9>s.x. JULY 19, 1902.] NOTES AND QUERIES.
a period when there was a quite recent memory of size and wealth and respecta- bility about Dunwich, while Dunmow had become insignificant as compared with its pro- bable importance as a Roman station. The point of size and wealth may, however, be dismissed in considering the claim of either place, seeing that before the days of Bishop Herfast it was not unusual for a small town to be distinguished as the seat of a bishopric.
Dunwich appears in Domesday as Dunewic, Duneuuic. Ever since that date (as appears by Gardner's ' History of Dunwich ') the form has shown very slight alteration : Dun- wyk, Dunwico, Denwyk, Dunwic, Donwico, Dunwico, Donewico, Dunwytche, Dunwich. All indubitable references to Dunwich since Saxon times keep the familiar second syllable, signifying a port or harbour. The old eccle- siastical historians mentioned the see in- variably in the form given them by Bede and by the Sax. Chr. (Domuc, Domnoc), as Dommuc, Domucensis, Dompne, according to Matt. Westm. ; Domuiucensem, Dammu- censis, according to W. Malm., &c. And there is a form in John Hardyng's poem : At Domok then was Felix fyrst byshop of Estangle, which must be late in the fifteenth century. Before this we do not find an ecclesiastical reference having the termination wic, or semblance of it.
Now Dunmow is in Domesday Book Doin- mawa, Dommauua. The will of Bishop Theodred has Dunamowe. A charter of 803 has " Tilfred Dammoce episcopus." Camden says it was formerly Duninawg and Dunmage, as in " some of the Registers of the Bishops of London." All the earliest forms above men- tioned are clearly allied to Dunmawg, and it is noticeable that the one secular reference to Dunwich made by Matt. Westm. is thus, Wich, when he mentions the ransoming of Yarmouth, Dunwich, and Ipswich by the barons ; obviously the Dommoc so familiar to him was far away from his mind. These things have almost brought conviction to myself, but it is worth while submitting the case to ' N. & Q.' EDWARD SMITH.
OF ALLEY. (See 9 th S. ix. 463.) When MR. W. E. HARLAND-OXLEY described, as above, the benefactions of Emery Hill in Villiers Street, Duke Street, "Office Alley," Buckingham Street, and the Strand, I think he might have said that " Office Alley " is not the right and original name of that small member of a group of thoroughfares which commemorate a very
much renowned courtier. The proper name to which I refer clung -to the place until the whole district passed into the " control " (as the local busybodies delight to say) of a meddlesome " council " or " board." This name should still be " Of Alley," and in that manner it completed the sequence of names of streets, thus : George Street, Villiers Street, Duke Street, Of Alley, and Buckingham Street. In a like manner the neighbouring Robert, James, and Adam Streets, Adelphi, commemorate the distinguished brothers and architects. F. G. STEPHENS.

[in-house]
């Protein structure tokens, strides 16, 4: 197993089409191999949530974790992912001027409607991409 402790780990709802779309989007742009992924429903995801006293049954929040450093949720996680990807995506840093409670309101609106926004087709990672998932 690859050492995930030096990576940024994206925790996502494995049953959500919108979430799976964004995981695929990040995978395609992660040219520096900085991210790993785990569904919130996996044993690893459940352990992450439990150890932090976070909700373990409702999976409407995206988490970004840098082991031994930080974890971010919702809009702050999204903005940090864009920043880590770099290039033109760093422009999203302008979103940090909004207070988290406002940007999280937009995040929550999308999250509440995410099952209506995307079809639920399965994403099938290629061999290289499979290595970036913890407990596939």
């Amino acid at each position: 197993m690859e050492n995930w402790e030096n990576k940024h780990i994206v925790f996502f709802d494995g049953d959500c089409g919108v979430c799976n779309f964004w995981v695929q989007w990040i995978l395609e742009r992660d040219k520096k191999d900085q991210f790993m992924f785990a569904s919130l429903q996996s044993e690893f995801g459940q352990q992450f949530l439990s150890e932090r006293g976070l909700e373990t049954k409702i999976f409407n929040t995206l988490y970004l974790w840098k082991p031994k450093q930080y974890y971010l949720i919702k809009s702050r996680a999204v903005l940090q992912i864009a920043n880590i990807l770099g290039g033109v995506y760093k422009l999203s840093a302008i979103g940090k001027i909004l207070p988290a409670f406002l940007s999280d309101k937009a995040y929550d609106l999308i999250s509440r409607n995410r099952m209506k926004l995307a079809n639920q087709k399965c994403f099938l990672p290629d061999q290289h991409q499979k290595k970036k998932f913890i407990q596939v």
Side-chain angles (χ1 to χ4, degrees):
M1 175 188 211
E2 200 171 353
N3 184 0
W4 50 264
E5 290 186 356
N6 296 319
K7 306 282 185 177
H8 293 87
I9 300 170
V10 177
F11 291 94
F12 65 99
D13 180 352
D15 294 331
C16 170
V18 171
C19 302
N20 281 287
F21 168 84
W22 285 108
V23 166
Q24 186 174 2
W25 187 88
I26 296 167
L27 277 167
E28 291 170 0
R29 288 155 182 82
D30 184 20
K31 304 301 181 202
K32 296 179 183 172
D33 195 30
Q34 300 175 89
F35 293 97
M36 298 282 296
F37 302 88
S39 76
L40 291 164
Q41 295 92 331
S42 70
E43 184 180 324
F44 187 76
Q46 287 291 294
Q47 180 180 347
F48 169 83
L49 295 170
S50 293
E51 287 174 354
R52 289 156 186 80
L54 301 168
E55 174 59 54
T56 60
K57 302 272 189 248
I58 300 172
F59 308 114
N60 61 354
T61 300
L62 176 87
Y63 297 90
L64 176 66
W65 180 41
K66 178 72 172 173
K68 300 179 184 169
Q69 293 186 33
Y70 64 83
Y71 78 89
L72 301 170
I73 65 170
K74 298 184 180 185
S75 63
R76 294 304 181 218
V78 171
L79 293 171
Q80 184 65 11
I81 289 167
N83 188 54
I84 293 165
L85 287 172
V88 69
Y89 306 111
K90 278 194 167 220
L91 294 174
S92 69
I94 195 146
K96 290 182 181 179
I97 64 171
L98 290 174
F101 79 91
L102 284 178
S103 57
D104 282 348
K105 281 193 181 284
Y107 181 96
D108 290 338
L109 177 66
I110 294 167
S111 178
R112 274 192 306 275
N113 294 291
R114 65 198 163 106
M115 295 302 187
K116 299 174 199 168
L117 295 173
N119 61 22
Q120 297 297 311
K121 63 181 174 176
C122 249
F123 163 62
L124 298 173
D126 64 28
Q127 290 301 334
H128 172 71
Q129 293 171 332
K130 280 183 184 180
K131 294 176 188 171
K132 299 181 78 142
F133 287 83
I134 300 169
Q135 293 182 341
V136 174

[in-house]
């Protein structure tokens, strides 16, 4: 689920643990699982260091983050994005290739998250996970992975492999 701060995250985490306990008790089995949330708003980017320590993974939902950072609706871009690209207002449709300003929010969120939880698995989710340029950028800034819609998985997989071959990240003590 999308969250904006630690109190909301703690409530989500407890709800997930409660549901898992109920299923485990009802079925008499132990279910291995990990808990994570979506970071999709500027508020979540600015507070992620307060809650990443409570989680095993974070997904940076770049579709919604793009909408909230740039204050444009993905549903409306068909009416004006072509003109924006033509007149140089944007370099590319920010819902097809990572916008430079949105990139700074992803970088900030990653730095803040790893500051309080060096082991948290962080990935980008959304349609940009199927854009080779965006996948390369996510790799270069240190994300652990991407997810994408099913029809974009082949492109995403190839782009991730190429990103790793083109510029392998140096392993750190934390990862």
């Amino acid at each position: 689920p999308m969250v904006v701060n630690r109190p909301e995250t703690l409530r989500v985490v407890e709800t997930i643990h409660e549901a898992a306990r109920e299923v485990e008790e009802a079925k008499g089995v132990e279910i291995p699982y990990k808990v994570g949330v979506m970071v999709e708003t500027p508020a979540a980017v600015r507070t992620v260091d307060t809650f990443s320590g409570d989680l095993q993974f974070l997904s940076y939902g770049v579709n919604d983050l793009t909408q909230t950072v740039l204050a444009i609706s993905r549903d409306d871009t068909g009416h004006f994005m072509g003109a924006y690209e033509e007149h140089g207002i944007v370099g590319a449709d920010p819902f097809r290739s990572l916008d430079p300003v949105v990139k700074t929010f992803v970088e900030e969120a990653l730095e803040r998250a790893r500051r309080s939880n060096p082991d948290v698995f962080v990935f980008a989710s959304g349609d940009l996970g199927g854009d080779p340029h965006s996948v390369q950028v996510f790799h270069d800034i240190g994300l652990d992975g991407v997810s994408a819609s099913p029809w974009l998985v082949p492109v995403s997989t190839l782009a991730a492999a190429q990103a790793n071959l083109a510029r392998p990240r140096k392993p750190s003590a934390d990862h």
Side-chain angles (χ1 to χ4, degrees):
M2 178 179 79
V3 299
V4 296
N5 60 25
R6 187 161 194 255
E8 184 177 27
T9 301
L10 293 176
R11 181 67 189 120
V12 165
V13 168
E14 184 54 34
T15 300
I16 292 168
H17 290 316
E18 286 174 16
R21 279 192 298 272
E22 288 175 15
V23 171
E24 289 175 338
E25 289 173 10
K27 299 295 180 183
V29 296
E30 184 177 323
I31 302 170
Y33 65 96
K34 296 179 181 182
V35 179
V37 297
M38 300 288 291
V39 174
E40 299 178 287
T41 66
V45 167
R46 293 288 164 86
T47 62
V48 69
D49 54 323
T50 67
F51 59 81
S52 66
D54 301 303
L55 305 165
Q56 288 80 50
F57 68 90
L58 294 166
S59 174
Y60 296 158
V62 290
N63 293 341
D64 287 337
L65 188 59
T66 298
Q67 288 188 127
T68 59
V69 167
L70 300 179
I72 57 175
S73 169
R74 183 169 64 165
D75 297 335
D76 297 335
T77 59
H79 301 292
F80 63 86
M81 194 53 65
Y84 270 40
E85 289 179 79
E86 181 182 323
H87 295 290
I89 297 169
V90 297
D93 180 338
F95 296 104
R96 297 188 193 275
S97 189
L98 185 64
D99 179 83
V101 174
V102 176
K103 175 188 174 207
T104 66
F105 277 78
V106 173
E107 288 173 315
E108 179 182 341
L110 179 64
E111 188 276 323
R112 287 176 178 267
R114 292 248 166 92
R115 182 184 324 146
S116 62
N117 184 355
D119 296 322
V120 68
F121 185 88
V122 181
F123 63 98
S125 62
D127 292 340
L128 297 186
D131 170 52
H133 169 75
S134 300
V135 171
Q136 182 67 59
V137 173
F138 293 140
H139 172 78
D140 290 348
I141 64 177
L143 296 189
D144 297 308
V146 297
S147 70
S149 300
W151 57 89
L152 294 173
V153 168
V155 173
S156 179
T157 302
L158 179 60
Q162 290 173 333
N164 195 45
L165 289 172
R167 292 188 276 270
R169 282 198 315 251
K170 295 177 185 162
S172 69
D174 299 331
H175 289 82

"MOTHERLAND." This word, lately brought into use to denote the friendship existing between the United Kingdom and the Britains beyond the seas, appears to have originated not very long ago in the United States of America, an article in the Century Magazine mentioning " the poets of our Motherland across .the seas." This seems to be the earliest use of the word, according to the Westminster Gazette.
GREVILLE WALPOLE, LL.D.
[Annandale's four- volume edition of Ogilvie (1882) cites Southey for this word, but gives no refer- ence.]
" CURMUDGEON. "-VIn a quarto pamphlet of 1641, ' The Brothers of the Blade ' E. 238, i(5) in British Museum Catalogue I find, at p. 7, the phrase "a rich crummuchion of a vast estate." This spelling is not given in the 1 Oxford Dictionary.' V.H. I.L.LC.I.V.
" COKE." MR. J. DORMER (9 th S. ix. 482) quotes the Monthly Magazine of 1797 for coke, meaning chalk, wherein it is said to be a Lincolnshire form. I do not think the writer represented the sound correctly by his spell- ing. Cork or, more exactly, cauk comes much nearer the sound, as I frequently hear it, and I cannot well be mistaken, for a relation of mine, a boy of some twelve years old, having listened attentively to some men who were talking of guarding a dangerous portion of the eastern bank of the river Trent with a barrier, of chalk, misunderstood what they meant, and told me that the bank was about to be protected by corks, and inquired how this was to be done. It was not a jest on his part. I am sure the question was asked in all the simplicity of good faith.
HIDDENITE. So many allusions having recently been made in the public press to Crown and other jewels, the following